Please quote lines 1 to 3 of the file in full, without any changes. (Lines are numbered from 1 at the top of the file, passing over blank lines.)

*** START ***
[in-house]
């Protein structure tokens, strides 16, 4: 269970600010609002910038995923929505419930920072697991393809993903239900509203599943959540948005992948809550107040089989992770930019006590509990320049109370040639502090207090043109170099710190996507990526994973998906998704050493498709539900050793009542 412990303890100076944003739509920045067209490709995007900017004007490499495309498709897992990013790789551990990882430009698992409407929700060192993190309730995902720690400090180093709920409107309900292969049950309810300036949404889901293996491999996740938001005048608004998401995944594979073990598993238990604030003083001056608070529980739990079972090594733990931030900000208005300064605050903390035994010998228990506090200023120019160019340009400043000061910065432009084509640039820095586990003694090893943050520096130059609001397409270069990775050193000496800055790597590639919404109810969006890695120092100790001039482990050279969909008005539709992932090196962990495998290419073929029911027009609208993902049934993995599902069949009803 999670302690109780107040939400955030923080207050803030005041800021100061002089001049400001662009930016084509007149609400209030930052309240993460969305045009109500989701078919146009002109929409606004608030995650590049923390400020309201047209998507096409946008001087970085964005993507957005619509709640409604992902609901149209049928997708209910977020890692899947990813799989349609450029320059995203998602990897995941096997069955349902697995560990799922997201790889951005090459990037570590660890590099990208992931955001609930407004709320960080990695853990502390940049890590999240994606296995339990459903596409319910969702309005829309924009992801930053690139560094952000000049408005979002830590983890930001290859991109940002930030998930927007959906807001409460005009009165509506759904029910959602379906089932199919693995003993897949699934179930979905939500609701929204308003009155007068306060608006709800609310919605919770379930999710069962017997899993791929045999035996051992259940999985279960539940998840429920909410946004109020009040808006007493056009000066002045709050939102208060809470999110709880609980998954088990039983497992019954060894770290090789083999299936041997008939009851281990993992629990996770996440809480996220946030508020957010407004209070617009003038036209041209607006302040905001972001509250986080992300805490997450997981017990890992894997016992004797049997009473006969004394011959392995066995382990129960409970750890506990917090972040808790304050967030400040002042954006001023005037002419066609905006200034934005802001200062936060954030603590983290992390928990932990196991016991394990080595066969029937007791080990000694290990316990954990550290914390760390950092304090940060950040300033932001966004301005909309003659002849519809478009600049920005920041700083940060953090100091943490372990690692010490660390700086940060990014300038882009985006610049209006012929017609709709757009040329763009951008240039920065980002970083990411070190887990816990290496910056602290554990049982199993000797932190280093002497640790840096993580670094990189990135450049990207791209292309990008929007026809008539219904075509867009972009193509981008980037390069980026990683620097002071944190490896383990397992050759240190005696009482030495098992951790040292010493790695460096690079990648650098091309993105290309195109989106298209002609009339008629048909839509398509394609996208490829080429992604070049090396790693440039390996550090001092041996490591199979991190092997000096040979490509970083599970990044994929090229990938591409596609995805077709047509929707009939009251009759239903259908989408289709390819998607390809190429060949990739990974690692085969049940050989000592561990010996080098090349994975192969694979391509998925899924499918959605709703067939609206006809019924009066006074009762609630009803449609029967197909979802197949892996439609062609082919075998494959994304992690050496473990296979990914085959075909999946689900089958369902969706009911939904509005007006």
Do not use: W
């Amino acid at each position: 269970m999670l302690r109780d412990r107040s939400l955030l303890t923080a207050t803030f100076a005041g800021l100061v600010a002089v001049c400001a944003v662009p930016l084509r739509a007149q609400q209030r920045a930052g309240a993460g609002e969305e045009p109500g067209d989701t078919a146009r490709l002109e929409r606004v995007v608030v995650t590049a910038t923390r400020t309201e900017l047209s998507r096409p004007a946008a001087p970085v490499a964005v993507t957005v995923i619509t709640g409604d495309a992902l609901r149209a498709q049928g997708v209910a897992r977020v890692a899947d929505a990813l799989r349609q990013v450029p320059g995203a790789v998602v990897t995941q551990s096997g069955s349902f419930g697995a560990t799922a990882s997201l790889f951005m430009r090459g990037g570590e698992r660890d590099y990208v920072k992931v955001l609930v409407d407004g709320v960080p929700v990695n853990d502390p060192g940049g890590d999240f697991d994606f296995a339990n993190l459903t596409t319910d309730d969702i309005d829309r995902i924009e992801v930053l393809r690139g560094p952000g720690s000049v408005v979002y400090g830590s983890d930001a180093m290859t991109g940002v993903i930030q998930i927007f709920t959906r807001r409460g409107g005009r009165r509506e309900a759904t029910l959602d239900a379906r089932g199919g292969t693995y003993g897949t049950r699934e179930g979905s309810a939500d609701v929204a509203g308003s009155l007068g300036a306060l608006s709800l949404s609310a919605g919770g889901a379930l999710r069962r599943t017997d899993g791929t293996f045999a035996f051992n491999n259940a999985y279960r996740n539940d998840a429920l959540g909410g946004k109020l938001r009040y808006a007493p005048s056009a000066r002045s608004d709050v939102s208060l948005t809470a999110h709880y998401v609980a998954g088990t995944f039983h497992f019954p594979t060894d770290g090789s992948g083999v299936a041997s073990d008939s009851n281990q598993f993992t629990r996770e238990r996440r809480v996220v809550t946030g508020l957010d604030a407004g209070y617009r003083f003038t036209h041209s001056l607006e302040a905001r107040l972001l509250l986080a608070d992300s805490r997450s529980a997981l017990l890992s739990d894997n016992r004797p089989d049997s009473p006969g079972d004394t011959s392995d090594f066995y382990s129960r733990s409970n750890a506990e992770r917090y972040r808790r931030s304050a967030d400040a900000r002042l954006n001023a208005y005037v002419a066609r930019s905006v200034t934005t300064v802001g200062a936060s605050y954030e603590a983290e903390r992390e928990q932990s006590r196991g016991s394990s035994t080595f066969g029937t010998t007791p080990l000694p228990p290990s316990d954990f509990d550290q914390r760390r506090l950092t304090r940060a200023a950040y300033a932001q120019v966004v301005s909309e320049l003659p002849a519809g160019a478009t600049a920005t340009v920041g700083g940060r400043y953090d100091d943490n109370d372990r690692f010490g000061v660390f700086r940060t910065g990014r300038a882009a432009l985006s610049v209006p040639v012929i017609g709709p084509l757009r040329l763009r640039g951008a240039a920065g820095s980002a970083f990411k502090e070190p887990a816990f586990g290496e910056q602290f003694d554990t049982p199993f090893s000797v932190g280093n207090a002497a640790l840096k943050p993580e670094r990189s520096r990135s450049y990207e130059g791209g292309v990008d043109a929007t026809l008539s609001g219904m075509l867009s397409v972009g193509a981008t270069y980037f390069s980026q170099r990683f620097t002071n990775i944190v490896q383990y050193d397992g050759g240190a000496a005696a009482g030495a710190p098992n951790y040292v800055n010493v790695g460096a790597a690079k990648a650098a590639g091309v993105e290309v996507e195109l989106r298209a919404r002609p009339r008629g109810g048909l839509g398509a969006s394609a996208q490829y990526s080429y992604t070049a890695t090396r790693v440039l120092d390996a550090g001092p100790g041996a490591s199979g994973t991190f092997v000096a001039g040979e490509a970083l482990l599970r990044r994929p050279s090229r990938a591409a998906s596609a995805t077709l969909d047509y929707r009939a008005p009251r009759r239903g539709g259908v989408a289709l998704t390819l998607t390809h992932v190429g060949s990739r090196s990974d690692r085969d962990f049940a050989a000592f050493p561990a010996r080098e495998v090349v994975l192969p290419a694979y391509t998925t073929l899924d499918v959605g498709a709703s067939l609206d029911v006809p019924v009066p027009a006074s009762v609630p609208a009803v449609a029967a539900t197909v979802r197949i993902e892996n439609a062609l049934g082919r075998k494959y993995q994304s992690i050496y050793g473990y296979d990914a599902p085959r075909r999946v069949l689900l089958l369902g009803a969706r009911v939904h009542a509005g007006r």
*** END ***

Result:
[in-house]
């Protein structure tokens, strides 16, 4: 269970600010609002910038995923929505419930920072697991393809993903239900509203599943959540948005992948809550107040089989992770930019006590509990320049109370040639502090207090043109170099710190996507990526994973998906998704050493498709539900050793009542 412990303890100076944003739509920045067209490709995007900017004007490499495309498709897992990013790789551990990882430009698992409407929700060192993190309730995902720690400090180093709920409107309900292969049950309810300036949404889901293996491999996740938001005048608004998401995944594979073990598993238990604030003083001056608070529980739990079972090594733990931030900000208005300064605050903390035994010998228990506090200023120019160019340009400043000061910065432009084509640039820095586990003694090893943050520096130059609001397409270069990775050193000496800055790597590639919404109810969006890695120092100790001039482990050279969909008005539709992932090196962990495998290419073929029911027009609208993902049934993995599902069949009803 999670302690109780107040939400955030923080207050803030005041800021100061002089001049400001662009930016084509007149609400209030930052309240993460969305045009109500989701078919146009002109929409606004608030995650590049923390400020309201047209998507096409946008001087970085964005993507957005619509709640409604992902609901149209049928997708209910977020890692899947990813799989349609450029320059995203998602990897995941096997069955349902697995560990799922997201790889951005090459990037570590660890590099990208992931955001609930407004709320960080990695853990502390940049890590999240994606296995339990459903596409319910969702309005829309924009992801930053690139560094952000000049408005979002830590983890930001290859991109940002930030998930927007959906807001409460005009009165509506759904029910959602379906089932199919693995003993897949699934179930979905939500609701929204308003009155007068306060608006709800609310919605919770379930999710069962017997899993791929045999035996051992259940999985279960539940998840429920909410946004109020009040808006007493056009000066002045709050939102208060809470999110709880609980998954088990039983497992019954060894770290090789083999299936041997008939009851281990993992629990996770996440809480996220946030508020957010407004209070617009003038036209041209607006302040905001972001509250986080992300805490997450997981017990890992894997016992004797049997009473006969004394011959392995066995382990129960409970750890506990917090972040808790304050967030400040002042954006001023005037002419066609905006200034934005802001200062936060954030603590983290992390928990932990196991016991394990080595066969029937007791080990000694290990316990954990550290914390760390950092304090940060950040300033932001966004301005909309003659002849519809478009600049920005920041700083940060953090100091943490372990690692010490660390700086940060990014300038882009985006610049209006012929017609709709757009040329763009951008240039920065980002970083990411070190887990816990290496910056602290554990049982199993000797932190280093002497640790840096993580670094990189990135450049990207791209292309990008929007026809008539219904075509867009972009193509981008980037390069980026990683620097002071944190490896383990397992050759240190005696009482030495098992951790040292010493790695460096690079990648650098091309993105290309195109989106298209002609009339008629048909839509398509394609996208490829080429992604070049090396790693440039390996550090001092041996490591199979991190092997000096040979490509970083599970990044994929090229990938591409596609995805077709047509929707009939009251009759239903259908989408289709390819998607390809190429060949990739990974690692085969049940050989000592561990010996080098090349994975192969694979391509998925899924499918959605709703067939609206006809019924009066006074009762609630009803449609029967197909979802197949892996439609062609082919075998494959994304992690050496473990296979990914085959075909999946689900089958369902969706009911939904509005007006």
Do not use: W